Pakistan, China vow to enhance economic cooperation -

7 July, Thursday

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Pakistan, China vow to enhance economic cooperation

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In phone call, Prime Minister Shehbaz Sharif, Chinese counterpart Li Keqiang discuss variety of issues

Longtime allies Pakistan and China on Monday vowed to enhance economic cooperation, expand trade, and encourage greater investments from Beijing.

According to Yeni Safak, in a phone call, Pakistan's Prime Minister Shehbaz Sharif, and his Chinese counterpart Li Keqiang agreed that an "All-Weather Strategic Cooperative Partnership" must continue to serve the vital interests of the peoples of the two countries, as well as the broader interests of peace and stability amid the evolving regional and global milieu.

The conversation between the two leaders followed a brazen suicide attack in Pakistan's commercial capital Karachi late last month, which killed three Chinese nationals among four.

Sharif, according to a statement from the prime minister's office, offered his condolences to China and expressed sympathies with the families of victims of the "heinous" terrorist attack that took place at the University of Karachi on April 26.

"The Prime Minister (Sharif) strongly condemned the terrorist attack and reaffirmed Pakistan’s firm resolve to hold a thorough investigation, to apprehend the perpetrators of this criminal act and to bring them to justice in accordance with our laws," the statement added.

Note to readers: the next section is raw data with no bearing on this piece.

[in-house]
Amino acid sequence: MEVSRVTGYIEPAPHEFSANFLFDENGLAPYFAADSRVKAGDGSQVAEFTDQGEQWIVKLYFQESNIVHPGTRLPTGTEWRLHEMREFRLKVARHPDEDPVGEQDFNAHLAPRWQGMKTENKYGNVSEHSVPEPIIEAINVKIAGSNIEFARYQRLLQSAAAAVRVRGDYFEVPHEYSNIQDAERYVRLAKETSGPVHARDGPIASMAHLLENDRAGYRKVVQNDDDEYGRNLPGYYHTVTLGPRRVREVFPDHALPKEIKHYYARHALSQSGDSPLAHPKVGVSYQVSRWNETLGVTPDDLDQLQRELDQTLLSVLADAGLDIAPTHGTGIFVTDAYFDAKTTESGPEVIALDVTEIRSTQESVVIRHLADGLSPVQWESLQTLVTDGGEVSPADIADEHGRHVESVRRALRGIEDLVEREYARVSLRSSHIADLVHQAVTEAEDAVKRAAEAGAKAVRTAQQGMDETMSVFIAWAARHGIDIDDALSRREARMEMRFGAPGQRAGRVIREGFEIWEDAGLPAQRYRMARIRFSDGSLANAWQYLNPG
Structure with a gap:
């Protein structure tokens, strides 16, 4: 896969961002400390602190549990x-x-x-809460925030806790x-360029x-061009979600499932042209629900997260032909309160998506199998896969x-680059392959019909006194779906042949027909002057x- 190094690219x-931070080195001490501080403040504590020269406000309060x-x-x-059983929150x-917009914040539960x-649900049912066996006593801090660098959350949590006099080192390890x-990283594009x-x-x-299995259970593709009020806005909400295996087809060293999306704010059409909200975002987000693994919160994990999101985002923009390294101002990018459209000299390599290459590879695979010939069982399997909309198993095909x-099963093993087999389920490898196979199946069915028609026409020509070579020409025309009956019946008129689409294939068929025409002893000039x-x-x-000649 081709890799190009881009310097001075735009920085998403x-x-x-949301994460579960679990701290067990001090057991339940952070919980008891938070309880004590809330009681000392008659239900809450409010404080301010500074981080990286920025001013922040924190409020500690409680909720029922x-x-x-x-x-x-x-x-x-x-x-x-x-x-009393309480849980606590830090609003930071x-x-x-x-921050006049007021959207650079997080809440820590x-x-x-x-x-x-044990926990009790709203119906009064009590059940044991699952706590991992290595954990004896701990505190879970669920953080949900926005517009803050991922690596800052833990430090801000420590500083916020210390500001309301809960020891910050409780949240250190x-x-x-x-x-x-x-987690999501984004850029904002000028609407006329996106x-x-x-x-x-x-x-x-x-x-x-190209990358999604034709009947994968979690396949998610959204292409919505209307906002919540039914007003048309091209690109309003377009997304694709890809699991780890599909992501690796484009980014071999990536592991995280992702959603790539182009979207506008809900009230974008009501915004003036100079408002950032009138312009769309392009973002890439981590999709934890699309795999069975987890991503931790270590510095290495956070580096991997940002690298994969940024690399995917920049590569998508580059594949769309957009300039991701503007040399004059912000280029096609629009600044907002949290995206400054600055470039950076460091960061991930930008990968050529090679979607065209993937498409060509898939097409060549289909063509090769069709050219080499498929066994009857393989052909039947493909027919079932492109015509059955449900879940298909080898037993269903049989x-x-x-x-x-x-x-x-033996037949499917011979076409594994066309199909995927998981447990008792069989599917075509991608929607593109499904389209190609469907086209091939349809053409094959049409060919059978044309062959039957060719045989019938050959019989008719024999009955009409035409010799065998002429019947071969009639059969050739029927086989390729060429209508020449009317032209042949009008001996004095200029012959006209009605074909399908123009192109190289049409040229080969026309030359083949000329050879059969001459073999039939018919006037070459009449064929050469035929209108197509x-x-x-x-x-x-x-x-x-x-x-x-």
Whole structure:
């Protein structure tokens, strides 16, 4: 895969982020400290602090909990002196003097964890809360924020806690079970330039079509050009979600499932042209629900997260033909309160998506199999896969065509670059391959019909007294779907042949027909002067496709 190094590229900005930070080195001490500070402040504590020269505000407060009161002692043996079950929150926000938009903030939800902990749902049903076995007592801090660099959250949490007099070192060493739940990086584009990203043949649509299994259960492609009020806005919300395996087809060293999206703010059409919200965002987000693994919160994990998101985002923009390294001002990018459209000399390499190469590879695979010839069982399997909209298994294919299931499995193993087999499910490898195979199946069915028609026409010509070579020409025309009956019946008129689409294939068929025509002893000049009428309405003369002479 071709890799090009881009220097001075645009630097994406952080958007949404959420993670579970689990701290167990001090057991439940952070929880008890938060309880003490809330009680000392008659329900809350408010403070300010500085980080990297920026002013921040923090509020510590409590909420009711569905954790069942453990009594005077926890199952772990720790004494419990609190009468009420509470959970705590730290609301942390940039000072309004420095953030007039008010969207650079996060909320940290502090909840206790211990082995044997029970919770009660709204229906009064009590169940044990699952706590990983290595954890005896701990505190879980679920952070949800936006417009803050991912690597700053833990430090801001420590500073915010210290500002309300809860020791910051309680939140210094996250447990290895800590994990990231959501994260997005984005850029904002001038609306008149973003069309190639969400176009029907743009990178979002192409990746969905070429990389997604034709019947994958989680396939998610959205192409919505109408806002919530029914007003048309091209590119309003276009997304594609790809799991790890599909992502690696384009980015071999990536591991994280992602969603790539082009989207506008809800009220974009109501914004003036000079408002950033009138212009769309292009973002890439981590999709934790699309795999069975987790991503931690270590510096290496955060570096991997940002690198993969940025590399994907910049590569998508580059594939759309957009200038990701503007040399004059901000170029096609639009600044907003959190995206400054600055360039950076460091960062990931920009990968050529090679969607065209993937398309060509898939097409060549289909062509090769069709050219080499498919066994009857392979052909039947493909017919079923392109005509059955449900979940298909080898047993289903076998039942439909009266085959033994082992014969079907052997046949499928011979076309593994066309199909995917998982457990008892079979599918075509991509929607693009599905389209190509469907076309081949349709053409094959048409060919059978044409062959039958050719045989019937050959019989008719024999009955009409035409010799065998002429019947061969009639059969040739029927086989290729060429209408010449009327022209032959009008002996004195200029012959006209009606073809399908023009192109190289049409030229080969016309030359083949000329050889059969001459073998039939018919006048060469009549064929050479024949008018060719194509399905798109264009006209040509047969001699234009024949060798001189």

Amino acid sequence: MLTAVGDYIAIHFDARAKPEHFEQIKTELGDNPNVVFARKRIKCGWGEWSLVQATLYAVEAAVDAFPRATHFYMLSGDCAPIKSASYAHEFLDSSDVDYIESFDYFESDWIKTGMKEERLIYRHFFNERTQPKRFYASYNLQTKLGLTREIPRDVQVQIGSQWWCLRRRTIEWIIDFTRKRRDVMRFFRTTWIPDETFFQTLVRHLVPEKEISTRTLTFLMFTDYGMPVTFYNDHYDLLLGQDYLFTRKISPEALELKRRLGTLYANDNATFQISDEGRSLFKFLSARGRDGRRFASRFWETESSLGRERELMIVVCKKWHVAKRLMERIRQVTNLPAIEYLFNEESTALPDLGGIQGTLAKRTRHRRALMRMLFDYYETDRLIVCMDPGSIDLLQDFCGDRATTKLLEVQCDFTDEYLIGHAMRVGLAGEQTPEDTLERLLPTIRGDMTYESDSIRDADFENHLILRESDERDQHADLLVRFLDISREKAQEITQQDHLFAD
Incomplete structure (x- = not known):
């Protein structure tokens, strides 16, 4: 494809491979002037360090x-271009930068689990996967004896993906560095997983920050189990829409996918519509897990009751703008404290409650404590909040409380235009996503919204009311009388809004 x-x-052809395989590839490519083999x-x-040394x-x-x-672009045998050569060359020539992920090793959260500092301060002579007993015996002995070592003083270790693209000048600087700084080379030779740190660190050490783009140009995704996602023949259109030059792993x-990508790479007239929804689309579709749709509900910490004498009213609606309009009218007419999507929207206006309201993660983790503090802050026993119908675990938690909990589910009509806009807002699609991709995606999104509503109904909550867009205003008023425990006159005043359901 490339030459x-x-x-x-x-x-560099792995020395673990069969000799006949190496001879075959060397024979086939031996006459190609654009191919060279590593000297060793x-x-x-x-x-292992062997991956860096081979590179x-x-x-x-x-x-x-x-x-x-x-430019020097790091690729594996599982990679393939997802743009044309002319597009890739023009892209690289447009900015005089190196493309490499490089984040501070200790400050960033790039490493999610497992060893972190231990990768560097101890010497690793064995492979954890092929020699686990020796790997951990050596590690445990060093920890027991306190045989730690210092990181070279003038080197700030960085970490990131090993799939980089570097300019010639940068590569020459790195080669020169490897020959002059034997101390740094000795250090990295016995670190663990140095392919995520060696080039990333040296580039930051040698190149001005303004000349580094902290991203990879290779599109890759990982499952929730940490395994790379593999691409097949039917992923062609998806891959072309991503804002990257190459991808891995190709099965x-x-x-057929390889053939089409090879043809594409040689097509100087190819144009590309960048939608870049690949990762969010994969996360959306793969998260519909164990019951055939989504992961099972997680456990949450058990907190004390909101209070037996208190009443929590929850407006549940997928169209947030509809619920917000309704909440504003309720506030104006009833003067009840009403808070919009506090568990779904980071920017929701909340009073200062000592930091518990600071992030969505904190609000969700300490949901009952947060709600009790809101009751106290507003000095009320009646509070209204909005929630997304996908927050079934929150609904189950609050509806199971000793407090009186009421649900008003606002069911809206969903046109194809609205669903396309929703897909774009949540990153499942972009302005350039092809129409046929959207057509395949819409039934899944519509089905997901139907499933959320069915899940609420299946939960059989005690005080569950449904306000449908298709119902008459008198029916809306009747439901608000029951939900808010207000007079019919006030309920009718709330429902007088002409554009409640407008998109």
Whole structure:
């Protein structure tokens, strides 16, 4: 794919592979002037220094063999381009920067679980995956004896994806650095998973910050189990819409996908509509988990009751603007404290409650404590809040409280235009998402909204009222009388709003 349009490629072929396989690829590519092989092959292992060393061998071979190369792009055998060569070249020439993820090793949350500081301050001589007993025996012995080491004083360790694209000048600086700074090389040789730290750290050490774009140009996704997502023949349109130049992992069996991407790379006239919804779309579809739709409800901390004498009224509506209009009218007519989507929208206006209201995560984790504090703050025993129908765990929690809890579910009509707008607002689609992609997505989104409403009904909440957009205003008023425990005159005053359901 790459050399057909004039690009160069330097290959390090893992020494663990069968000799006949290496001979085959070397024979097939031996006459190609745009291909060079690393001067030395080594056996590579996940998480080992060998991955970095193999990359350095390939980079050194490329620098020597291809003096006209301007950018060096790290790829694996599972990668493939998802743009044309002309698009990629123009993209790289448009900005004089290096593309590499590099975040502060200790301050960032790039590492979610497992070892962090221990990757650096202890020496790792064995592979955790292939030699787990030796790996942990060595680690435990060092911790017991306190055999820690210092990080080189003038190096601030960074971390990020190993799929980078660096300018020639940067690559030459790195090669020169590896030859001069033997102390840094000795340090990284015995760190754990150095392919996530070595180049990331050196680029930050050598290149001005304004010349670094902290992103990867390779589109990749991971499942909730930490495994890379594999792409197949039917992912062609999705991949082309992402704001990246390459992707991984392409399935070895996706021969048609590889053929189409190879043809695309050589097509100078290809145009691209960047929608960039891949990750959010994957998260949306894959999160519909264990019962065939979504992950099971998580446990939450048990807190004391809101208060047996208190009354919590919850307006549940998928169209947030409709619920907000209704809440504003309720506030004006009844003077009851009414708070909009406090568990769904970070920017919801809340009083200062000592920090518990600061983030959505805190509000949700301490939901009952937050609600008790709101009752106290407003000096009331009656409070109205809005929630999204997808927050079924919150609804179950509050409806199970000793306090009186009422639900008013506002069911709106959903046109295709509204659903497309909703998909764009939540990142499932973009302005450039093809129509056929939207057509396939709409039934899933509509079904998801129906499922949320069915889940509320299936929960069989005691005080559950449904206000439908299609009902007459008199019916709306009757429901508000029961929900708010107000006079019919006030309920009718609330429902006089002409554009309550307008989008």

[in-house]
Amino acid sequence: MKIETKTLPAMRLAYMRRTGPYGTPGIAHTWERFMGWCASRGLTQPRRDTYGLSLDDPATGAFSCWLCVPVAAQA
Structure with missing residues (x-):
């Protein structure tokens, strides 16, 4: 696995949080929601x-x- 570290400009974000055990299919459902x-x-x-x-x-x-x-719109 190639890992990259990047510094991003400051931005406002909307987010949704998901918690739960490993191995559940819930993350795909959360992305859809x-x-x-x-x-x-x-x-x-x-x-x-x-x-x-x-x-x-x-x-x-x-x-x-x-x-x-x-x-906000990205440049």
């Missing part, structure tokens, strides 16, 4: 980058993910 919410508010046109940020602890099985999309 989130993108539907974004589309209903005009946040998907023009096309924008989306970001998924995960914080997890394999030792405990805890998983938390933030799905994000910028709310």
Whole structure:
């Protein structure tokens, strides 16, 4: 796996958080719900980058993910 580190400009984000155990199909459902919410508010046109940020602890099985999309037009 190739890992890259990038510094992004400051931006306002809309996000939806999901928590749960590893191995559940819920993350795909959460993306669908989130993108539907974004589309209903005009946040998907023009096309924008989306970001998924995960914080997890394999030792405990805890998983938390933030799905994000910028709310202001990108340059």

Sharif thanked Beijing for its "firm" support to Pakistan’s sovereignty, territorial integrity, and national development and reaffirmed his government’s unwavering support to China on all issues of its core interest.

He reaffirmed his government’s firm resolve to fast-track both the ongoing as well as the new projects under the multi-billion-dollar China-Pakistan Economic Corridor (CPEC) project.

The $64 billion CPEC, signed in 2015, aims to connect China's strategically important northwestern Xinjiang province to the Gwadar port in southern Pakistan, through a network of roads, railways, and pipelines to transport cargo, oil, and gas.

While emphasizing people-to-people contacts, Sharif also conveyed sentiments of the families of the Pakistani students who are desirous of returning to China for resumption of their studies.

Thousands of Pakistani students who had returned after the coronavirus outbreak, have been struggling to get visas to resume their studies in different Chinese universities.

According to a readout from Beijing, Li told his Pakistani counterpart that China "prioritizes its ties with Pakistan in its international diplomacy."

He urged Pakistan to take all-out measures to apprehend the perpetrators of the Karachi attack and “to take more robust measures to ensure the safety of Chinese personnel and institutions in Pakistan,” according to China’s state broadcaster CGTN.

"China and Pakistan are close neighbors and 'iron-clad' friends," Li said.


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